About the Attractors

These pix were created using a program I wrote that renders 3D chaotic attractors. Unlike other methods, which use raytracing ( QJulia, for example), this method renders using a Z-Buffer and a Shadow-Buffer. Although this limits the optical effects that are possible, it does allow a wider range of objects to be rendered.

The rendering of quaternion Julia sets by ray tracing makes use of the existence of a formula called by some a distance estimator, which takes a point in space and computes an estimate of the distance to the closest point on the Julia set. A raytracing algorithm uses this information to step along a ray and decide if the ray intersects the set.

I have not yet seen distance estimators for the functions used in computing these pictures (although I wouldn't rule out their existence), so I could not use ray tracing.

About the Rendering Algorithm

The objects seen in these pictures are calculated by iterating some function (next_point = fn(current_point)) many times (easily in the millions of iterations, often many more). The locus of all points hit by this iteration is the attractor of the function. The shape of the attractor is dependant on the parameters of the function, and sometimes on the initial point (although the functions I used have attractors which are not dependant on the inital point).

How to render a collection of millions of points (When I get around to writing this part in a readable fashion...)

For experts: Z-Buffer and Shadow-Buffer, the surface is normal derived from the Z-Buffer. For these pix coloring and compositing were done by hand in Photoshop (my program only generates Diffuse, Specular, and Ambient intensities).

About the Functions

The pictures named chaos*.jpg were computed using general polynomials, as described in Strange Attractors: Creating Patterns in Chaos by Julien Sprott. I recommend this book, mainly because of the large number of examples.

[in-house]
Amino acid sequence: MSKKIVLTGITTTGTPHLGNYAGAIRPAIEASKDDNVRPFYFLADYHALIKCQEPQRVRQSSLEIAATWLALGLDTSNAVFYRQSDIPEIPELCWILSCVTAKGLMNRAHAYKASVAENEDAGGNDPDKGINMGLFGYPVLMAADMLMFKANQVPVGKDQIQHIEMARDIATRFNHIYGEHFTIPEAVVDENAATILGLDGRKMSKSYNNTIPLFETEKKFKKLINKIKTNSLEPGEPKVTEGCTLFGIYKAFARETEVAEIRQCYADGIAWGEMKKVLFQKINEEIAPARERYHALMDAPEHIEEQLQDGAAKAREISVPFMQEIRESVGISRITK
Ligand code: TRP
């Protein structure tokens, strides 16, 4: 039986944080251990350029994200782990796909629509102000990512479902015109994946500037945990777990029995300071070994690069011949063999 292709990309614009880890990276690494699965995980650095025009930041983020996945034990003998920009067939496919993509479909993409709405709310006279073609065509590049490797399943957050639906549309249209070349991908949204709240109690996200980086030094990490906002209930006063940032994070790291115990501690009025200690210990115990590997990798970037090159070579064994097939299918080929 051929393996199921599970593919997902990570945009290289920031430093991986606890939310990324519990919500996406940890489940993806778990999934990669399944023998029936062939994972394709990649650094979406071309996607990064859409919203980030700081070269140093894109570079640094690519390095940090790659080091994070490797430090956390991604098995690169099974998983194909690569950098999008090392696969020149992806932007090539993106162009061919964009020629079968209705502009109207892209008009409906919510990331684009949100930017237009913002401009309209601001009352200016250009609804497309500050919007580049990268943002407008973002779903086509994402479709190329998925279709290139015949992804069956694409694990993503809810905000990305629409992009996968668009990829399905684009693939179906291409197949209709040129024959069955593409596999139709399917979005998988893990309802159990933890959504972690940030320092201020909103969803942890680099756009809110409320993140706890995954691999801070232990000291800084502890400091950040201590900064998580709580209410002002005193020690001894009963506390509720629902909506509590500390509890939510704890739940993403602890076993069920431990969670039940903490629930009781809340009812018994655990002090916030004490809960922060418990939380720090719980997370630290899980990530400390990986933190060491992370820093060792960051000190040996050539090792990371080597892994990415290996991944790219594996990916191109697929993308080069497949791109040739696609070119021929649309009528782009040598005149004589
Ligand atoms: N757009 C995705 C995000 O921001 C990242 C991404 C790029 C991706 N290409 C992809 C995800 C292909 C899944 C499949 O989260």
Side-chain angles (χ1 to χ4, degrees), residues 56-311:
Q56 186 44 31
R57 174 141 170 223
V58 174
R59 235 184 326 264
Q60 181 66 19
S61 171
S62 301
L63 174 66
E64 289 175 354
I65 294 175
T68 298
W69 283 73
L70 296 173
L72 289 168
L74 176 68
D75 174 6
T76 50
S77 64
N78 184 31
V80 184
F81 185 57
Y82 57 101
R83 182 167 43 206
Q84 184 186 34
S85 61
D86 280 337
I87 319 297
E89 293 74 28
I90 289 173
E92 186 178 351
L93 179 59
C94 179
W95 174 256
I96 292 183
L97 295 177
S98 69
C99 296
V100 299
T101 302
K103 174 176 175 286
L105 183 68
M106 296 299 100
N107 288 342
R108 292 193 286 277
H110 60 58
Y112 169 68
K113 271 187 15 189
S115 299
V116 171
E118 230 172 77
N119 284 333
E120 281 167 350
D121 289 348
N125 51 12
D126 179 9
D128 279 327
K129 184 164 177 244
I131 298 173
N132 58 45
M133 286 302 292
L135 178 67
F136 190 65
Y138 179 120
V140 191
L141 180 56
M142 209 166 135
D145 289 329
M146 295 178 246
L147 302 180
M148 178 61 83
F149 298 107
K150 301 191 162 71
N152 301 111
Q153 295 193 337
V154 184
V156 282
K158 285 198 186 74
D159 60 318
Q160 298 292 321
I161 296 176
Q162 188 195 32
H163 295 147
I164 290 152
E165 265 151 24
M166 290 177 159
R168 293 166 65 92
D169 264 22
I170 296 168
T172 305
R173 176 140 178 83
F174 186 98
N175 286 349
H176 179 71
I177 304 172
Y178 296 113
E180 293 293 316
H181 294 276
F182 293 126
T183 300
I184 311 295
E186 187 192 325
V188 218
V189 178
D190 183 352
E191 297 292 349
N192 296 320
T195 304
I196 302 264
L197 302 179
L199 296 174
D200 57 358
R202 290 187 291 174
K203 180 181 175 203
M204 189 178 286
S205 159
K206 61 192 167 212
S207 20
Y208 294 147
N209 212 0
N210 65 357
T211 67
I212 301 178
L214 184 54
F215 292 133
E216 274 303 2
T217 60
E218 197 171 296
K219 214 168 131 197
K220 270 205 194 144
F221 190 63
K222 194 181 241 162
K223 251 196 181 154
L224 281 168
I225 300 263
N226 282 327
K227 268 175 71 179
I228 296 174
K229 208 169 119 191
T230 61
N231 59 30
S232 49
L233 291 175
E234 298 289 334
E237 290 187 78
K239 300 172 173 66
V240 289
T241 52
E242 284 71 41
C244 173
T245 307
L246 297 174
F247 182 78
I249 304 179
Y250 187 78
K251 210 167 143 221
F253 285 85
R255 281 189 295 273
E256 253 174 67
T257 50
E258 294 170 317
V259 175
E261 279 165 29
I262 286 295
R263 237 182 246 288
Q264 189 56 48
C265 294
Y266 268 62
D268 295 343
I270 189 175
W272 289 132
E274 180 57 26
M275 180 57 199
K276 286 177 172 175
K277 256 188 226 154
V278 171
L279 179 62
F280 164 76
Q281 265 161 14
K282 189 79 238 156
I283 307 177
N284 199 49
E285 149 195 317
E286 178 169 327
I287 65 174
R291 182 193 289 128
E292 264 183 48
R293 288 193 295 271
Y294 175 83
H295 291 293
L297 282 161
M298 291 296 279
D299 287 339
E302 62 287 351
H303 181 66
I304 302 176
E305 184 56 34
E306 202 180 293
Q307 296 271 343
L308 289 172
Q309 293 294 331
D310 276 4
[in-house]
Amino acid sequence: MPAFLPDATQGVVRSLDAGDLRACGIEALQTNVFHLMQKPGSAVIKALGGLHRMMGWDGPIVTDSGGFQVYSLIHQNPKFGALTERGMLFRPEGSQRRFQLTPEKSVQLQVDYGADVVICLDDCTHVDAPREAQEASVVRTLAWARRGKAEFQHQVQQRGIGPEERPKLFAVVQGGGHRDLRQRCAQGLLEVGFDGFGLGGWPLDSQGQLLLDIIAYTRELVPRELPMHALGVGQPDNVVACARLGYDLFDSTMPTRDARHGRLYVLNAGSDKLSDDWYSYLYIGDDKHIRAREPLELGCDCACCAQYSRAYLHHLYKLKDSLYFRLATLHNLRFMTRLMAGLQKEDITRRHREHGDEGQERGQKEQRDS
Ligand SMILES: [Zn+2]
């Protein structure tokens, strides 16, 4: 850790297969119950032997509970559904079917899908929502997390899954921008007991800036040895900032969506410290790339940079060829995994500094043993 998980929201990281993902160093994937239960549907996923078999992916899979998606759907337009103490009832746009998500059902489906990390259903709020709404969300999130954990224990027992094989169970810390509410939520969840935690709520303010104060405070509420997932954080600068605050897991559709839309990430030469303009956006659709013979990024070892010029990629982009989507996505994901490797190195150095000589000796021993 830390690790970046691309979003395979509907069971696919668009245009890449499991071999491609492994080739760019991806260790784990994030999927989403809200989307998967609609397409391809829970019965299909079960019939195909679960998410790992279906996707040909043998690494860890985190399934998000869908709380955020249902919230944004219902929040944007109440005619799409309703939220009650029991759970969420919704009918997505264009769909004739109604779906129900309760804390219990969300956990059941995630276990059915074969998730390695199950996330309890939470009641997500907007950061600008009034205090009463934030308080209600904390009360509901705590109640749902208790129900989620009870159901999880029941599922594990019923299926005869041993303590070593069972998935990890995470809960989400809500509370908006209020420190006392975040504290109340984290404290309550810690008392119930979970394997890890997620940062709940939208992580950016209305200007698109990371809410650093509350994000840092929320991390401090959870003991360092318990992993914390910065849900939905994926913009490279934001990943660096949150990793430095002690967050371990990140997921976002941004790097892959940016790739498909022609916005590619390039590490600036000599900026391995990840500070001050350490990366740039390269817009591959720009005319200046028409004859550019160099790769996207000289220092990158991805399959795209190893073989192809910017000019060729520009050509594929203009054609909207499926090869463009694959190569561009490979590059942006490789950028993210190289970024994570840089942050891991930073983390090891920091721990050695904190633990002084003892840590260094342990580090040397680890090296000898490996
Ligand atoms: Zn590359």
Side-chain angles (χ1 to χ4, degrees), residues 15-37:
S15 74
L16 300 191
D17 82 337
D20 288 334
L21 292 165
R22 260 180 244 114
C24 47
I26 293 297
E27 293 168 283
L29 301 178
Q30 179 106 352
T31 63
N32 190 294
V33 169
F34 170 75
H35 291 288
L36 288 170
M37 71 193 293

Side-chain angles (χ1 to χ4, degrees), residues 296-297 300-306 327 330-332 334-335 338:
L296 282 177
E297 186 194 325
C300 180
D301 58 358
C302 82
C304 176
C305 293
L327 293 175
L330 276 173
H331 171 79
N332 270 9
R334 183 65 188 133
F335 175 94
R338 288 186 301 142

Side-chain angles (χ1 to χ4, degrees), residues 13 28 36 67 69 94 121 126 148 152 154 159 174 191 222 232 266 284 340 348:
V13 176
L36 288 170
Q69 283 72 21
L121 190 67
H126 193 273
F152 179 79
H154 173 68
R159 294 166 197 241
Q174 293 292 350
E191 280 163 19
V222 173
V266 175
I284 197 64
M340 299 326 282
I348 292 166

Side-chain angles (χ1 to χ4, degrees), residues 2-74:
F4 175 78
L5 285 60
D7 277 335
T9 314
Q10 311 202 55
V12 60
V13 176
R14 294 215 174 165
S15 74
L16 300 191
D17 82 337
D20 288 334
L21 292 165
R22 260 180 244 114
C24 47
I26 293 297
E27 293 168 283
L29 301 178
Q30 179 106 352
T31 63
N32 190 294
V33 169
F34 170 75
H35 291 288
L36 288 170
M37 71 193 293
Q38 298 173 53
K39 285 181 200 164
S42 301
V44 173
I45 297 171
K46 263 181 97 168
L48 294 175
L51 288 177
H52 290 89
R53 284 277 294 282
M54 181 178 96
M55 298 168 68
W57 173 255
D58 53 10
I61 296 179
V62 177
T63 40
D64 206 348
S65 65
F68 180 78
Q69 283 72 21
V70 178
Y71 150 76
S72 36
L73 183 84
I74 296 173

The pictures named fsh*.jpg were computed using a slight variant of the formula given in Computers, Pattern, Chaos, and Beauty by Clifford Pickover (p. 165).

This method can also render Quaternion Julia Sets by virtue of the Inverse Iteration Method (see The Beauty of Fractals (I think), or Fractals Everywhere by Barnsley), which computes a Julia set by iteratively calculating the inverse of the Julia set formula (forward: z = z*z + c, inverse: z = +/- sqrt(z - c)). Note that two inverses exist. In operation, one inverse is chosen randomly each iteration. The points in this iteration jump around on the boundary of the Julia set, forming a surface. Unfortunately, certain points on the boundary are visited quite rarely, so will fill in very slowly. As luck would have it, these areas are some of the more interesting features of the sets, so Julia sets computed with this method are often incomplete.

Since IFS also generates objects by iteration, this method should be able to render 3D IFS shapes, but I haven't yet gotten around to implementing it. I have, however, rendered some simple chaos-game objects. The chaos-game is a very simple algorithm that is presented in most descriptions of IFS as a simple case. In the Chaos game, N points are chosen, and an initial point. At each iteration, one of the N points is randomly chosen, and the current point is moved a certain fraction of the distance towards the chosen point. If the control points form a triangle and the fraction is 1/2, a Seripinski gasket is formed. This generalizes to pyramids in 3D, and I have rendered a few pictures along this line.

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Tim Stilson, 2/21/95